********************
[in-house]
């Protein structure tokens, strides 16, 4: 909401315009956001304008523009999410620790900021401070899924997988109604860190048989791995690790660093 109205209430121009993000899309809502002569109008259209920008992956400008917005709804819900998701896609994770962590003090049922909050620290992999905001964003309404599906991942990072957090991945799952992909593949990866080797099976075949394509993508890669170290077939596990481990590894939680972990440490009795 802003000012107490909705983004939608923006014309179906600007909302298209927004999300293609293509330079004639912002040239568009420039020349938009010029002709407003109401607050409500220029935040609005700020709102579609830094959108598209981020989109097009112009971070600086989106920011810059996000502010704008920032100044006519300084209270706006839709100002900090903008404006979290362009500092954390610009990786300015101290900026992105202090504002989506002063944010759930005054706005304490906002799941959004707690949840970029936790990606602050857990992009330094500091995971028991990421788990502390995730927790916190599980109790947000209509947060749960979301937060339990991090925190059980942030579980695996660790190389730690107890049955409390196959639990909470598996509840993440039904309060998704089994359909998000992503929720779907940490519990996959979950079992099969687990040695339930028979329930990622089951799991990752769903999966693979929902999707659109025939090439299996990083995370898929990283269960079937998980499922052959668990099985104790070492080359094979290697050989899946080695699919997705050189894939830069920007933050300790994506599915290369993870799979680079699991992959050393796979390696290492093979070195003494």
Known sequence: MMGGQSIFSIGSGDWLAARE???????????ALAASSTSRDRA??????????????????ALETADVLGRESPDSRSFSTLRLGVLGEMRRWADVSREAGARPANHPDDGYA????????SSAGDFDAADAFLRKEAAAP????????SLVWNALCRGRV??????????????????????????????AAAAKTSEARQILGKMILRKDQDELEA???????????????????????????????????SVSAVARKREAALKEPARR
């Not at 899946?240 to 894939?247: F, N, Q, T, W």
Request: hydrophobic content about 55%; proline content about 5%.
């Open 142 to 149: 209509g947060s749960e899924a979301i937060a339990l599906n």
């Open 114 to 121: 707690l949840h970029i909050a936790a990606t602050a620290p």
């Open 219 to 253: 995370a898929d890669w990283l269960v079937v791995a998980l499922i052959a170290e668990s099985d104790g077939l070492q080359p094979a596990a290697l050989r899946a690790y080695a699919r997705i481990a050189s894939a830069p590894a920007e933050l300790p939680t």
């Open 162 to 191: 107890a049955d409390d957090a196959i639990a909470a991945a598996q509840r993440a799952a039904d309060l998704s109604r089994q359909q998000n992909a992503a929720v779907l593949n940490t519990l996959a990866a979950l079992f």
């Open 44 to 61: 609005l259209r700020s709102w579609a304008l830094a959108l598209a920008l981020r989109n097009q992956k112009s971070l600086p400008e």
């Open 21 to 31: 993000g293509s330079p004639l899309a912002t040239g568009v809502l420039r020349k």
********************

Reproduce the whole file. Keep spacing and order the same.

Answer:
[in-house]
């Protein structure tokens, strides 16, 4: 909401315009956001304008523009999410620790900021401070899924997988109604860190048989791995690790660093 109205209430121009993000899309809502002569109008259209920008992956400008917005709804819900998701896609994770962590003090049922909050620290992999905001964003309404599906991942990072957090991945799952992909593949990866080797099976075949394509993508890669170290077939596990481990590894939680972990440490009795 802003000012107490909705983004939608923006014309179906600007909302298209927004999300293609293509330079004639912002040239568009420039020349938009010029002709407003109401607050409500220029935040609005700020709102579609830094959108598209981020989109097009112009971070600086989106920011810059996000502010704008920032100044006519300084209270706006839709100002900090903008404006979290362009500092954390610009990786300015101290900026992105202090504002989506002063944010759930005054706005304490906002799941959004707690949840970029936790990606602050857990992009330094500091995971028991990421788990502390995730927790916190599980109790947000209509947060749960979301937060339990991090925190059980942030579980695996660790190389730690107890049955409390196959639990909470598996509840993440039904309060998704089994359909998000992503929720779907940490519990996959979950079992099969687990040695339930028979329930990622089951799991990752769903999966693979929902999707659109025939090439299996990083995370898929990283269960079937998980499922052959668990099985104790070492080359094979290697050989899946080695699919997705050189894939830069920007933050300790994506599915290369993870799979680079699991992959050393796979390696290492093979070195003494």
Known sequence: MMGGQSIFSIGSGDWLAARE???????????ALAASSTSRDRA??????????????????ALETADVLGRESPDSRSFSTLRLGVLGEMRRWADVSREAGARPANHPDDGYA????????SSAGDFDAADAFLRKEAAAP????????SLVWNALCRGRV??????????????????????????????AAAAKTSEARQILGKMILRKDQDELEA???????????????????????????????????SVSAVARKREAALKEPARR
């Not at 899946?240 to 894939?247: F, N, Q, T, W």
Request: hydrophobic content about 55%; proline content about 5%.
């Open 142 to 149: 209509g947060s749960e899924a979301i937060a339990l599906n």
């Open 114 to 121: 707690l949840h970029i909050a936790a990606t602050a620290p």
């Open 219 to 253: 995370a898929d890669w990283l269960v079937v791995a998980l499922i052959a170290e668990s099985d104790g077939l070492q080359p094979a596990a290697l050989r899946a690790y080695a699919r997705i481990a050189s894939a830069p590894a920007e933050l300790p939680t």
């Open 162 to 191: 107890a049955d409390d957090a196959i639990a909470a991945a598996q509840r993440a799952a039904d309060l998704s109604r089994q359909q998000n992909a992503a929720v779907l593949n940490t519990l996959a990866a979950l079992f």
């Open 44 to 61: 609005l259209r700020s709102w579609a304008l830094a959108l598209a920008l981020r989109n097009q992956k112009s971070l600086p400008e």
């Open 21 to 31: 993000g293509s330079p004639l899309a912002t040239g568009v809502l420039r020349k």